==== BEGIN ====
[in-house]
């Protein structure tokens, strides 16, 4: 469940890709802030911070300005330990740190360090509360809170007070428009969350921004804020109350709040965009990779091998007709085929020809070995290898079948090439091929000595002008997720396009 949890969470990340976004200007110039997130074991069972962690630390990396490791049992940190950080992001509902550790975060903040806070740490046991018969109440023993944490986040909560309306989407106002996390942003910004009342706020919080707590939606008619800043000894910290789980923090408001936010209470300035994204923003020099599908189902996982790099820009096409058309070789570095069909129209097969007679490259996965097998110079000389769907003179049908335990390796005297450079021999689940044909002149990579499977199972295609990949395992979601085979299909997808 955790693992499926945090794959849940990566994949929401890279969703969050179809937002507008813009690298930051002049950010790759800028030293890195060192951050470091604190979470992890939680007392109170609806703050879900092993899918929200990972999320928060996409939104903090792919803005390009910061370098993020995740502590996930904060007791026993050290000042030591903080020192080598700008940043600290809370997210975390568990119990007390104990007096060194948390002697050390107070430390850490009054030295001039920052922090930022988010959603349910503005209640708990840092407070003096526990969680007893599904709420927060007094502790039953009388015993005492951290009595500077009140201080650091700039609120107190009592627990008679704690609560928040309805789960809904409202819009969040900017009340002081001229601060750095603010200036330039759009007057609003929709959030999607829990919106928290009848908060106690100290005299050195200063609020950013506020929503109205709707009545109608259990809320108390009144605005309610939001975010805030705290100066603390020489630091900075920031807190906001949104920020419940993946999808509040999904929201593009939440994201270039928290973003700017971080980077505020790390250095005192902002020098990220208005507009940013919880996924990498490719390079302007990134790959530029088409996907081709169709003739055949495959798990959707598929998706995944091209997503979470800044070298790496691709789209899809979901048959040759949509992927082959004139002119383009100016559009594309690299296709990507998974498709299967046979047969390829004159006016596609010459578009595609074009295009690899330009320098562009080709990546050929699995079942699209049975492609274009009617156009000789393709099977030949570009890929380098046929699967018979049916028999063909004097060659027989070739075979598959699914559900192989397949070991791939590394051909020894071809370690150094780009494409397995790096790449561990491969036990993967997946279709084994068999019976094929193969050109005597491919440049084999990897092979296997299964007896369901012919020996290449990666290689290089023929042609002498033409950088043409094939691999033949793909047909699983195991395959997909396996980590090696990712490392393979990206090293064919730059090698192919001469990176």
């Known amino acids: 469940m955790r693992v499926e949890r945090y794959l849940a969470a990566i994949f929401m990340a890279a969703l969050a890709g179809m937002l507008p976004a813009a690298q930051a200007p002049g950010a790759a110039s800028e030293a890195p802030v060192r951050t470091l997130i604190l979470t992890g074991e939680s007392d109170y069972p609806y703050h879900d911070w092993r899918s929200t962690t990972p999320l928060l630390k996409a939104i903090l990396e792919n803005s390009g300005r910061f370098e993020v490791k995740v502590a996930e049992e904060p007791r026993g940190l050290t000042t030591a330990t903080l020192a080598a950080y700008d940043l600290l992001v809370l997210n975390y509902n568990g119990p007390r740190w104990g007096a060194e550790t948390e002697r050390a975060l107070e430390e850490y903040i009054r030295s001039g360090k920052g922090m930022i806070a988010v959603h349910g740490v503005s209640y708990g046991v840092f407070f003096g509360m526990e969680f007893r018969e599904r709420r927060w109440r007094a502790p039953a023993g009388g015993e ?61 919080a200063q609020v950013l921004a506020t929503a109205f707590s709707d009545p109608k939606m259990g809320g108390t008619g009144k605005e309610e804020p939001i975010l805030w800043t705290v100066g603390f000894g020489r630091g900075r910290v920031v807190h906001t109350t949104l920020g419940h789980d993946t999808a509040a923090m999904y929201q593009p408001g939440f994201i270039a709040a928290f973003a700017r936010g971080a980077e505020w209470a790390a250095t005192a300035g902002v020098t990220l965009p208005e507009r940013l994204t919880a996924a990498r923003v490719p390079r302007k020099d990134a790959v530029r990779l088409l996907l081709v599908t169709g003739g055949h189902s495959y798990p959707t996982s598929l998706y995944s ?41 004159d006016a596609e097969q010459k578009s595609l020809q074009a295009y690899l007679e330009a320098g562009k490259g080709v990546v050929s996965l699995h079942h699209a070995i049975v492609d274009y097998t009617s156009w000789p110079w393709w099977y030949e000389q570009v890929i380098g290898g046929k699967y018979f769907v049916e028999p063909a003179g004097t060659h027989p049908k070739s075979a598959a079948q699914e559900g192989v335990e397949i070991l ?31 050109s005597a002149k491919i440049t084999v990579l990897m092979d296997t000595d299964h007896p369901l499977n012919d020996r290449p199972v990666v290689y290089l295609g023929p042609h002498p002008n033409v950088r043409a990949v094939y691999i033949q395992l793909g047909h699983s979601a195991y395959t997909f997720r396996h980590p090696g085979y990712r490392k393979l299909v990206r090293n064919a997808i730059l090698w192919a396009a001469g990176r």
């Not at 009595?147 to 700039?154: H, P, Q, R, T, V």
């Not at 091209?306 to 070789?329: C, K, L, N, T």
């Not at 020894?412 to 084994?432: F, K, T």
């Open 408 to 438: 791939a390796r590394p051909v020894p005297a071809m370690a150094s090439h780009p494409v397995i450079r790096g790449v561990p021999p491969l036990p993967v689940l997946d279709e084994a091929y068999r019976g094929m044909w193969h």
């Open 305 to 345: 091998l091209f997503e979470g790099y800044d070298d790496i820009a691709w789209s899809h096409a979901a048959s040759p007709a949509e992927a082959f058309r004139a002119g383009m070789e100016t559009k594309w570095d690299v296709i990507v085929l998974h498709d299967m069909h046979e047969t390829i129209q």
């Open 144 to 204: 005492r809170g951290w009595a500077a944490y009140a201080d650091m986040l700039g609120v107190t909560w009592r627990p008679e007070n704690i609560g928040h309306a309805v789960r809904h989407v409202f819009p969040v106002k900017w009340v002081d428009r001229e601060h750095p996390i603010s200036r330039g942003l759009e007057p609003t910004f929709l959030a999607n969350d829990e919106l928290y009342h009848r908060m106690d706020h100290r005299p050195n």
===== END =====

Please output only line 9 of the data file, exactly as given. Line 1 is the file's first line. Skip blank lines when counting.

């Open 144 to 204: 005492r809170g951290w009595a500077a944490y009140a201080d650091m986040l700039g609120v107190t909560w009592r627990p008679e007070n704690i609560g928040h309306a309805v789960r809904h989407v409202f819009p969040v106002k900017w009340v002081d428009r001229e601060h750095p996390i603010s200036r330039g942003l759009e007057p609003t910004f929709l959030a999607n969350d829990e919106l928290y009342h009848r908060m106690d706020h100290r005299p050195n």